“The same cash assistance should also be immediately disbursed to poor households within the Department of Social Welfare and Development’s (DSWD) household targeting system,” she added.

Hontiveros explained that companies laying off workers and COVID-19’s adverse effects on the informal economy will place households more at risk in terms of their food security and health.

The senator likewise urged DSWD and the Department of Labor and Employment [DOLE] to craft and implement a comprehensive safety net for the poor and near-poor who will be adversely-affected by the COVID-19 lockdown, starting with the said cash assistance.

Meanwhile, Senator Joel Villanueva said officials from the Civil Service Commission (CSC) and the Commission on Audit (COA) have agreed to his proposal for the continued pay of Metro Manila-based contractual employees working in government while the capital is under a community quarantine to stem the spread of COVID-19.

CSC and COA are meeting on Monday to hammer out the final details of the resolution, which will affect over 100,000 contractual workers categorized as either job order or contract of service, according to the lawmaker.

“We are grateful to our government for considering our proposal for job order or contract of service workers in government to still be paid while work in parts of the government remain suspended to prevent spreading the risk of our people from getting infected by COVID-19,” said Villanueva, chair of the Senate Committee on Labor, Employment, and Human Resource Development, in a statement.

“This will complement the existing work-from-home arrangement that government offices will implement while Metro Manila is under community quarantine. It will allow our colleagues under job order or contract of service categories to be paid while they are telecommuting during the quarantine,” Villanueva added.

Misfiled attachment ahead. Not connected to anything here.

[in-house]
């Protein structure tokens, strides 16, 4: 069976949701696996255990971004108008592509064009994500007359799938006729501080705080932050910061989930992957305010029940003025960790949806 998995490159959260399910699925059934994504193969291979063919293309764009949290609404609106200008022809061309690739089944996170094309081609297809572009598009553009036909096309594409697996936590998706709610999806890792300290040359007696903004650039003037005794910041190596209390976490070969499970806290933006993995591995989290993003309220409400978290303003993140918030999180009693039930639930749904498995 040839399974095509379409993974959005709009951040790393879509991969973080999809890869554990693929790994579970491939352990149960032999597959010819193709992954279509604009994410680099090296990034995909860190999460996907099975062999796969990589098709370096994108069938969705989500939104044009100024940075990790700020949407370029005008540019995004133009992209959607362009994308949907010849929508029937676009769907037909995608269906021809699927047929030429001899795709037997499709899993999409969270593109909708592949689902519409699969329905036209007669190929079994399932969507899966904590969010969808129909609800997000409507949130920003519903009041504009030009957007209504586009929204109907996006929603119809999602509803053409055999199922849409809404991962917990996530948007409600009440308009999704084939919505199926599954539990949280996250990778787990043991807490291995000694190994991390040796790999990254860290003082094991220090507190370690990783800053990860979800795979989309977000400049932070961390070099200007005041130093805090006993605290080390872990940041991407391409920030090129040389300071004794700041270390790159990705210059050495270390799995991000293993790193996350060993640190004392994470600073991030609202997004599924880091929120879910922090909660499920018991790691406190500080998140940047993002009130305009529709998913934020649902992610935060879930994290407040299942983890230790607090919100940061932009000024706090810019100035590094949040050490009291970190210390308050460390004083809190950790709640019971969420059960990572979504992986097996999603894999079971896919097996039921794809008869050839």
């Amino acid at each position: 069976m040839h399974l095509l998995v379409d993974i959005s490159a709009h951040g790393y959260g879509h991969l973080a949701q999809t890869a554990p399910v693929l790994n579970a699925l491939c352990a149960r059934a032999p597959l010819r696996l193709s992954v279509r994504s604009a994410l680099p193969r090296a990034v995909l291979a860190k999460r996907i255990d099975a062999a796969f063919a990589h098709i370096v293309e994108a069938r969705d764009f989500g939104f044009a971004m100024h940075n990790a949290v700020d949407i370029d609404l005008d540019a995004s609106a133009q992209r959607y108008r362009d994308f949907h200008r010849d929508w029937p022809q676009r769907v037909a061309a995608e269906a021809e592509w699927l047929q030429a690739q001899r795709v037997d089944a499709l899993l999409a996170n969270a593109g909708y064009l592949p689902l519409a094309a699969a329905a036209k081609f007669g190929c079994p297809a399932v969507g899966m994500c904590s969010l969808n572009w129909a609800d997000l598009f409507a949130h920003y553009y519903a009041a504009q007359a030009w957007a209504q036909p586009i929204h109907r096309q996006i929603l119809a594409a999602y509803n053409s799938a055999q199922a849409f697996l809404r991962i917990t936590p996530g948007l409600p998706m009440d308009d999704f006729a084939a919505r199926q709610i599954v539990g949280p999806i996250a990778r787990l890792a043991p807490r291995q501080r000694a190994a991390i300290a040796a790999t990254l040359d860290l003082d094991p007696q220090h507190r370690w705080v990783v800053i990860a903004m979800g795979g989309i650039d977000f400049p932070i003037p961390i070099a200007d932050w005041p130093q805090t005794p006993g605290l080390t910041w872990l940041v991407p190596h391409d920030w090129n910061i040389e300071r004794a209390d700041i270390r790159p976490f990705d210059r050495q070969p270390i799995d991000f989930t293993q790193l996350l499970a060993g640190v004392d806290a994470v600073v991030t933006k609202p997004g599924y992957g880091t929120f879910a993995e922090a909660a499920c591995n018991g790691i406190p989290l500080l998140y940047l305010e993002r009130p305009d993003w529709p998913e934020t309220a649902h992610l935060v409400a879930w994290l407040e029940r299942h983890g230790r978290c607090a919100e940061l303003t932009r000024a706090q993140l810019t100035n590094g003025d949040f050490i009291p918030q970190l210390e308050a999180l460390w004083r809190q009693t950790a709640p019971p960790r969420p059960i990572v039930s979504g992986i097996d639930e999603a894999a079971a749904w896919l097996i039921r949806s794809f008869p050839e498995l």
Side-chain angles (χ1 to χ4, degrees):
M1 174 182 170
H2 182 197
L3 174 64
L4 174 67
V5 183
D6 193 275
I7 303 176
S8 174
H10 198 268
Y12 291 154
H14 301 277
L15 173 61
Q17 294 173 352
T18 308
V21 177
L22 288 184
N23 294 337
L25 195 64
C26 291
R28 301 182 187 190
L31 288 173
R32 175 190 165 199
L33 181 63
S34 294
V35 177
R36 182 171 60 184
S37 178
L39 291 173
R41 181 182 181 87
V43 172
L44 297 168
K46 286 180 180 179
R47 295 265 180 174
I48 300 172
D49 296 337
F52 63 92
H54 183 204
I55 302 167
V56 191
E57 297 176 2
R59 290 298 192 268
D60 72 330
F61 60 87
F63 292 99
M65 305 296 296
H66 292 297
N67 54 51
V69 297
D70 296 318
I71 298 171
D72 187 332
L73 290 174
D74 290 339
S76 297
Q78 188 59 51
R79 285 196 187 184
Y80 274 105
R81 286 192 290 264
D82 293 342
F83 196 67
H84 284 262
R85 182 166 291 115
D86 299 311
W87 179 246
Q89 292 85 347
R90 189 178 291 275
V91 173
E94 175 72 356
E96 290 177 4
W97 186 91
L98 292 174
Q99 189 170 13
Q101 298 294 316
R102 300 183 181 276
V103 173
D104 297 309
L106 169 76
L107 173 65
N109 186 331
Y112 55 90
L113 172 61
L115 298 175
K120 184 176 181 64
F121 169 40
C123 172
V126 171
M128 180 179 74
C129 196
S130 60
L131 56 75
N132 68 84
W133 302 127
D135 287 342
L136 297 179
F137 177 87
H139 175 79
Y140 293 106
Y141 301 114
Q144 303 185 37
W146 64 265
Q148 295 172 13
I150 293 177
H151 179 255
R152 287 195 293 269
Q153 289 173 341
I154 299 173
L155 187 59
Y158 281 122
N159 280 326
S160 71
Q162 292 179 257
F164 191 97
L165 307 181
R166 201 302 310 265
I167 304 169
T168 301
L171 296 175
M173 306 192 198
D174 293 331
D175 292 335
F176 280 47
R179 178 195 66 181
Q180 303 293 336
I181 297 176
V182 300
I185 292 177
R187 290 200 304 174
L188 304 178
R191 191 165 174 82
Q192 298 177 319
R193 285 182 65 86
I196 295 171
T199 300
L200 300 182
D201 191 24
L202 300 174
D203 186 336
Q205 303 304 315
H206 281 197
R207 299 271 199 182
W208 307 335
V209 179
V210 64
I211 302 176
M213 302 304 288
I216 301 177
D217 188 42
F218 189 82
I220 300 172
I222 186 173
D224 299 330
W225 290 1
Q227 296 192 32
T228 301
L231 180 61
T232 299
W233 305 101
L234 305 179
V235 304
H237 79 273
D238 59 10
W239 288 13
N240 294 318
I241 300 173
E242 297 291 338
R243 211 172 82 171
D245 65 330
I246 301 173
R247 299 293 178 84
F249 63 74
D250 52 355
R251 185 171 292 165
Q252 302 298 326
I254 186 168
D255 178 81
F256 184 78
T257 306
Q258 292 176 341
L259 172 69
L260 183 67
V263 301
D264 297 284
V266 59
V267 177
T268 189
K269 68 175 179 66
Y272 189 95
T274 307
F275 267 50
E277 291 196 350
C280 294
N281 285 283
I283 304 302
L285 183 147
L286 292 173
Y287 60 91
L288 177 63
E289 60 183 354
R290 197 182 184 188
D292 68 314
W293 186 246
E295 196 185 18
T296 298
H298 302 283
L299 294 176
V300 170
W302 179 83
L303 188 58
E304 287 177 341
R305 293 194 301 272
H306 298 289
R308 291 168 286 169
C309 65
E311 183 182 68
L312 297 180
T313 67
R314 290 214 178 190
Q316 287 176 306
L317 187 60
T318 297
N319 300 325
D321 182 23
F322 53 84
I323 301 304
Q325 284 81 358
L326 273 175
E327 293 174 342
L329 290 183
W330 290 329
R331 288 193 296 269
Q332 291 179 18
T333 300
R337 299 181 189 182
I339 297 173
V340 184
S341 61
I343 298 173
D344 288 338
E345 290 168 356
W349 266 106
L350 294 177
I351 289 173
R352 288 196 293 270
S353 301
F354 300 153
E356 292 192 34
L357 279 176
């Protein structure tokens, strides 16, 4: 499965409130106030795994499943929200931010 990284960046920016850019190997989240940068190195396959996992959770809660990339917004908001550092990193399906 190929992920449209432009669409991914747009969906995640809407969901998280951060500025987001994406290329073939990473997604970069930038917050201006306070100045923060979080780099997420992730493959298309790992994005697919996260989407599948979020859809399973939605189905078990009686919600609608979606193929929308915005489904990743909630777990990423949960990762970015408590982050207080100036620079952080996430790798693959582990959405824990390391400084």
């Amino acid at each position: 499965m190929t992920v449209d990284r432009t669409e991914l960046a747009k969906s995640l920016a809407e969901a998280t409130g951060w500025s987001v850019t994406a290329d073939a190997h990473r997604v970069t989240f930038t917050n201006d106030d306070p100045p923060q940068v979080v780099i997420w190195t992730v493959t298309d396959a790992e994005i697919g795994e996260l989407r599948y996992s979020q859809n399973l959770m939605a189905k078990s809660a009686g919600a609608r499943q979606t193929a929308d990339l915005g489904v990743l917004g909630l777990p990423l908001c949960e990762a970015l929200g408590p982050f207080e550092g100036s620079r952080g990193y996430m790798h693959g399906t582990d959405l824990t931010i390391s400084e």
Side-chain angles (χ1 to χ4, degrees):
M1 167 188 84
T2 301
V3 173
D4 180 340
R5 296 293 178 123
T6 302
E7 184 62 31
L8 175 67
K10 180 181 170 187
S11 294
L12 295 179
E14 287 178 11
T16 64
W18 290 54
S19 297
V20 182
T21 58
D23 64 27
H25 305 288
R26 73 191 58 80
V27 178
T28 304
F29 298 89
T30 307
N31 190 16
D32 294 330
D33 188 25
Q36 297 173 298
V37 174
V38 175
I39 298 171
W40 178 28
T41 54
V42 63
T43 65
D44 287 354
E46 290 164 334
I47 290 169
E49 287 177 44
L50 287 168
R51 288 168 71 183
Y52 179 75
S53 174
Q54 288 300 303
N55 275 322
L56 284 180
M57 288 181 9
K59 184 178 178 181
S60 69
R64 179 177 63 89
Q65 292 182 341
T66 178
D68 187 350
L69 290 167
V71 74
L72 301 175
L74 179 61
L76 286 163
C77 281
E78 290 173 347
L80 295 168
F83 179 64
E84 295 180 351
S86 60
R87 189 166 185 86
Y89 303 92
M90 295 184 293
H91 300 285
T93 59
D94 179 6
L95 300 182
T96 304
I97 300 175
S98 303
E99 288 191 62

Villanueva explained that guidelines covering the payment of workers under job order and contract of service categories are jointly issued by the CSC and COA.

Nearly 670,000 contractual workers in government are under either job order or contract of service categories as of May 2019, according to CSC data. Some 110,000 of government contractual workers are in the National Capital Region where a community quarantine is being implemented from March 15 to April 14, 2020.

While the government ordered that a skeletal staffing be implemented in government offices to ensure that services remain unimpeded, the income of daily-paid workers will shrink significantly to the point that they may not be able to provide for their families, pointed out.

Villanueva, added that this was the context of his proposal for the continued pay of contractual workers in government.

“We hope our CSC and COA officials are able to finalize the guidelines by Monday so that we can ease the concern of our government contractual workers and focus our attention and effort to other problems our country is facing, especially in light of the COVID-19 pandemic,” Villanueva said./ Stacy Ang

LEAVE A REPLY

Please enter your comment!
Please enter your name here

This site uses Akismet to reduce spam. Learn how your comment data is processed.